Wednesday 7
Disaster Resilience 1
Anne Leitch
› 11:30 - 12:30 (1h)
Mega-disaster and Socio-ecological Transitions
Wei Liu  1@  , Stefan Hochrainer-Stigler  1@  
1 : International Institute for Applied Systems Analysis  (IIASA)

Transitions in complex socio-ecological systems are intermediate phases between two successive and more stable periods or states and involve various societal, ecological, and biophysical changes that are often non-linear and inter-related. Understanding transitions is challenging but important for guiding and shaping socio-ecological systems for achieving environmental sustainability and improving human well-being. Natural disasters, especially the low-probability, high-consequence ones that are occuring more frequently worldwide, can significantly alter the transition trajectories of socio-ecological systems and jeopardize their long-term sustainability. There have been very few empirical studies on this important issue, mainly due to the lack of long-term pre-disaster information and data.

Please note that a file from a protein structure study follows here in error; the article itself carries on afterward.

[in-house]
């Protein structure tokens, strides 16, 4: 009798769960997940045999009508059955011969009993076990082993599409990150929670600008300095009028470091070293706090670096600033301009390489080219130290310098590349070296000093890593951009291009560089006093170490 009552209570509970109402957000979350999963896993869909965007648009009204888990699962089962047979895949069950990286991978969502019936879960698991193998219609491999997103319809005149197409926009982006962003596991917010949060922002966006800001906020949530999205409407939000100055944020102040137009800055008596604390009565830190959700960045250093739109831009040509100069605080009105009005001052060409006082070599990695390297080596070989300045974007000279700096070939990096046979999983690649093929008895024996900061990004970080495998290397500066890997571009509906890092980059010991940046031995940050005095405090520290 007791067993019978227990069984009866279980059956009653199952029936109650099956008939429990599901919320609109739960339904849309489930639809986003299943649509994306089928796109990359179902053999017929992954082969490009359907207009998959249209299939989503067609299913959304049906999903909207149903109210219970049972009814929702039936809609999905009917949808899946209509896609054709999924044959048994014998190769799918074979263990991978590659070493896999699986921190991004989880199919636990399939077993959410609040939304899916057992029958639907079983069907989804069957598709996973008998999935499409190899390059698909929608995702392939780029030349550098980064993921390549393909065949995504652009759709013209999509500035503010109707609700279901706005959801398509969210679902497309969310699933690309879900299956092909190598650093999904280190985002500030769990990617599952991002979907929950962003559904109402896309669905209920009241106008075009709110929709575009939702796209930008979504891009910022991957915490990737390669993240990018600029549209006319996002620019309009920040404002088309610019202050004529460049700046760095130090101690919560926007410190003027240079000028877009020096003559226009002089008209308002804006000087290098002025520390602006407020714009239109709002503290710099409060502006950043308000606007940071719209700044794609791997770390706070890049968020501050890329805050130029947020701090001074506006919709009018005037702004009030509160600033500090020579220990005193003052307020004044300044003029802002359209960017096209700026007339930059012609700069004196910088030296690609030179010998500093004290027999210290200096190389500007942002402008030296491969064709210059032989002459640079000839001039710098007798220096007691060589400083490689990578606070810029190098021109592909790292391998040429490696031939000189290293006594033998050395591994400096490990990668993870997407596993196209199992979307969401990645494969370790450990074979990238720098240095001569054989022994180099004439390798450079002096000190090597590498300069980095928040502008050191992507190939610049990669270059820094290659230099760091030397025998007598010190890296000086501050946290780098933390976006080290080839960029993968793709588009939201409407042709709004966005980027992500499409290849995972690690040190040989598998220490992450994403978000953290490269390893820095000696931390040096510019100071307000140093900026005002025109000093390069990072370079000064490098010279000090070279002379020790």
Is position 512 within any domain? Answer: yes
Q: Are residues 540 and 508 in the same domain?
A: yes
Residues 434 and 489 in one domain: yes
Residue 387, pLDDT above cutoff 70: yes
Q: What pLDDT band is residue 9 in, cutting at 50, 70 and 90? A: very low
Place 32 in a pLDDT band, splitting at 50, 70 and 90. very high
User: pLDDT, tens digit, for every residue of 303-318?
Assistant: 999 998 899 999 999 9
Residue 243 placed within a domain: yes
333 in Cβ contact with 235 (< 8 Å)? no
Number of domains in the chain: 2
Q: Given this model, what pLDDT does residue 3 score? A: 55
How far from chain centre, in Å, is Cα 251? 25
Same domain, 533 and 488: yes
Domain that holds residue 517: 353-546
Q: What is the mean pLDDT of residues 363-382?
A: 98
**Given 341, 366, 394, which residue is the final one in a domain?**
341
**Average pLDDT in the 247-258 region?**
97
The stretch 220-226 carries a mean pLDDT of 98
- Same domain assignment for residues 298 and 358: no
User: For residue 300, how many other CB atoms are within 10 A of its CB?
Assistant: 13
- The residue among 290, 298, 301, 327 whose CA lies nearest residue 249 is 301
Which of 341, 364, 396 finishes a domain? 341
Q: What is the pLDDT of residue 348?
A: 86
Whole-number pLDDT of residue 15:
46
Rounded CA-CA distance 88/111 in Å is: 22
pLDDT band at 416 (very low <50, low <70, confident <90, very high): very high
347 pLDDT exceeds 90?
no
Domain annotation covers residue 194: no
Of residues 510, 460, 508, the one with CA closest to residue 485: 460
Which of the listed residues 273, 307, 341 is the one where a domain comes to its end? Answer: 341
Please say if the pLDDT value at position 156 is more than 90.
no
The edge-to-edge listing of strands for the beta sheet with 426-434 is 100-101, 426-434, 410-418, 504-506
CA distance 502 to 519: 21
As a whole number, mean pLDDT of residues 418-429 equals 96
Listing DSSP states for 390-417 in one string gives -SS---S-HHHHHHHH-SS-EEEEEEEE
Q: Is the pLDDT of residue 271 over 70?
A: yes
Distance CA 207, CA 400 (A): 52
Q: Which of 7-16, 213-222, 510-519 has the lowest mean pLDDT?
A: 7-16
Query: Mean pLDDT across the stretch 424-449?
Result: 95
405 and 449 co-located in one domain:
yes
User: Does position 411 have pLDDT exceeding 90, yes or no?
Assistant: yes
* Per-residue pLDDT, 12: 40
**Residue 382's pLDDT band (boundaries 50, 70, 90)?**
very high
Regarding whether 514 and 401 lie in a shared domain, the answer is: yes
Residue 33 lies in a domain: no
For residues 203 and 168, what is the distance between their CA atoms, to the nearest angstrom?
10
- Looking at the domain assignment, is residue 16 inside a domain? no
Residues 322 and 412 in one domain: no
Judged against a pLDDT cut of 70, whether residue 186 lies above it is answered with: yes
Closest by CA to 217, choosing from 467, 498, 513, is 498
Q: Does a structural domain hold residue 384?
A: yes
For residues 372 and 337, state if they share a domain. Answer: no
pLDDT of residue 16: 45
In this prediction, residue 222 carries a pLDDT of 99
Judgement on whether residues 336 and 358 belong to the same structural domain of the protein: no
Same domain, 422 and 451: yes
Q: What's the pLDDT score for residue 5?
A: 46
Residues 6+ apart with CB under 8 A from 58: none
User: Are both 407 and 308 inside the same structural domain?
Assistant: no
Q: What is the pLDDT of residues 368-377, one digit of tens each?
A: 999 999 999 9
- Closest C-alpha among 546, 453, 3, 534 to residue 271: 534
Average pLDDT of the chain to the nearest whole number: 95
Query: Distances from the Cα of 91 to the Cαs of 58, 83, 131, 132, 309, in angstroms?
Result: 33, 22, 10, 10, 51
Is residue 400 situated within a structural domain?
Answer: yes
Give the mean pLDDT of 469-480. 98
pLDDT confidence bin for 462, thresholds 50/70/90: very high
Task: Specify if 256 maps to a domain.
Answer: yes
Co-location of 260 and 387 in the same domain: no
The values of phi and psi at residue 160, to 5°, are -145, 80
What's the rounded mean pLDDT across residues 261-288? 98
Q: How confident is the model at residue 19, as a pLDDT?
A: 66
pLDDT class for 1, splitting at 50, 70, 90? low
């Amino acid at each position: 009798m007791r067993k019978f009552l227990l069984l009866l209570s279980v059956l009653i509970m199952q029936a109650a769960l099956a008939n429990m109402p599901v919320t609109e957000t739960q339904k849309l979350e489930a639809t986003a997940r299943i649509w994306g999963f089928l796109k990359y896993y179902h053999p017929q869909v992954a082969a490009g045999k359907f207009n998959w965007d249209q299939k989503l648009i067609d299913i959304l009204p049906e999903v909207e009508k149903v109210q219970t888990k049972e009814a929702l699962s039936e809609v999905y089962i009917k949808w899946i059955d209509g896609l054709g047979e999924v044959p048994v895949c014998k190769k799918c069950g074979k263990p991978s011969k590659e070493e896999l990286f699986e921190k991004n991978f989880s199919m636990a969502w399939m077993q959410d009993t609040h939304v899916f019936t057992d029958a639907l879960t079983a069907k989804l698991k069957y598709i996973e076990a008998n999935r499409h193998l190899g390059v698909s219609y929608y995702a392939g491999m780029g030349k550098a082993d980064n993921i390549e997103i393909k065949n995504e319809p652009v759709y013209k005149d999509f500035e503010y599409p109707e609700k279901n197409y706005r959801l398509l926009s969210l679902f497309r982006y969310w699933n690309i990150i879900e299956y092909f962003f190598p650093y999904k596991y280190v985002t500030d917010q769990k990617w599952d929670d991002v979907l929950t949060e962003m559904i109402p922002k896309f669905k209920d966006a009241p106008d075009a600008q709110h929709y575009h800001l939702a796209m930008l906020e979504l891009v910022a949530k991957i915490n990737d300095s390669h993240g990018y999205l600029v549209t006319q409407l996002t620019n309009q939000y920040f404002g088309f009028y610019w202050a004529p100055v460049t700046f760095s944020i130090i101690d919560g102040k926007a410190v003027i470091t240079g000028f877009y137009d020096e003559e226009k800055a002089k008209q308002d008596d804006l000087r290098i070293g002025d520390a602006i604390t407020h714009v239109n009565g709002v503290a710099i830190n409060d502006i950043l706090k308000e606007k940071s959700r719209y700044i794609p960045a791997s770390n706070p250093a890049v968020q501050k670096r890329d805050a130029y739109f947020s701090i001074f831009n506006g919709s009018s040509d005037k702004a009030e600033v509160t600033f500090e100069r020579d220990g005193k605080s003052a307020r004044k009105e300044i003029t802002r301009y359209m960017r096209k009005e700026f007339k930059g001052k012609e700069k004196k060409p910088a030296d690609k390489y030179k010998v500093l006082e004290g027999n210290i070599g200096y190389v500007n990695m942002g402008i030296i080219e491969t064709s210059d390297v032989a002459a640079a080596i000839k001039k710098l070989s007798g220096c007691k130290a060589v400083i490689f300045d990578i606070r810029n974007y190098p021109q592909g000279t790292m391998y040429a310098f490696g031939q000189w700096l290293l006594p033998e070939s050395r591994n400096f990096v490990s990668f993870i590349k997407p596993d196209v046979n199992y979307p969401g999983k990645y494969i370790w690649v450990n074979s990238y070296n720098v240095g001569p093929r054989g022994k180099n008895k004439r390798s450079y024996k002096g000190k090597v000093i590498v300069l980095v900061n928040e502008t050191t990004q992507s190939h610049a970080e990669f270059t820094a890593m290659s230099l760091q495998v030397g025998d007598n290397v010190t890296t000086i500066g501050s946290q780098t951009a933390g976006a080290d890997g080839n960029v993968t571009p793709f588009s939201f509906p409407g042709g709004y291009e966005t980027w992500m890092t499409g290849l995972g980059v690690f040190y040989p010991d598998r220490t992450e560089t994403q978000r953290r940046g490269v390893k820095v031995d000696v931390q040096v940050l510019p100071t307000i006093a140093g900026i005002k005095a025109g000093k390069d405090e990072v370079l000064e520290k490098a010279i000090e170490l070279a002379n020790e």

Wolong Nature Reserve in China is home to ~150 wild pandas (Ailuropoda melanoleuca), several thousand other animal and plant species, and ~5000 local residents. A long-term research on human-nature relationships in Wolong Nature Reserve, China has been conducted since the late 1990s. Over the past 15 years we observed a series of major transitions in land use, land cover, economic structure, and energy consumption, mainly due to the implementation of a series of development and conservation policies. A mega-disaster, the 7.9 Mw Wenchuan earthquakes, struck the boundary of the Reserve and caused massive damages and serious disruptions on May 12 in 2008. We take a special look on detailed household survey data (income, expenditure, energy consumption, and land use activities, etc.) over a nine-year period before as well as one and several years after the earthquake. About 200 households from six villages were interviewed and a series of focus group discussions with key stakeholders were also conducted. This unique dataset is used to investigate the question of how pre-earthquake heterogeneity within and across communities affects the household- and community-level coping strategies and recovery trajectories after the earthquake. We also consider the local ecological and socio-economic context and structure them into various types of capitals using the sustainable livelihood approach. This long-term and intensive research not only has direct implications for building disaster resilience and support sustainability transitions in developing countries, but also increases our general understanding of the complexity of socio-ecological systems, such as non-linearity and path-dependent characteristic.

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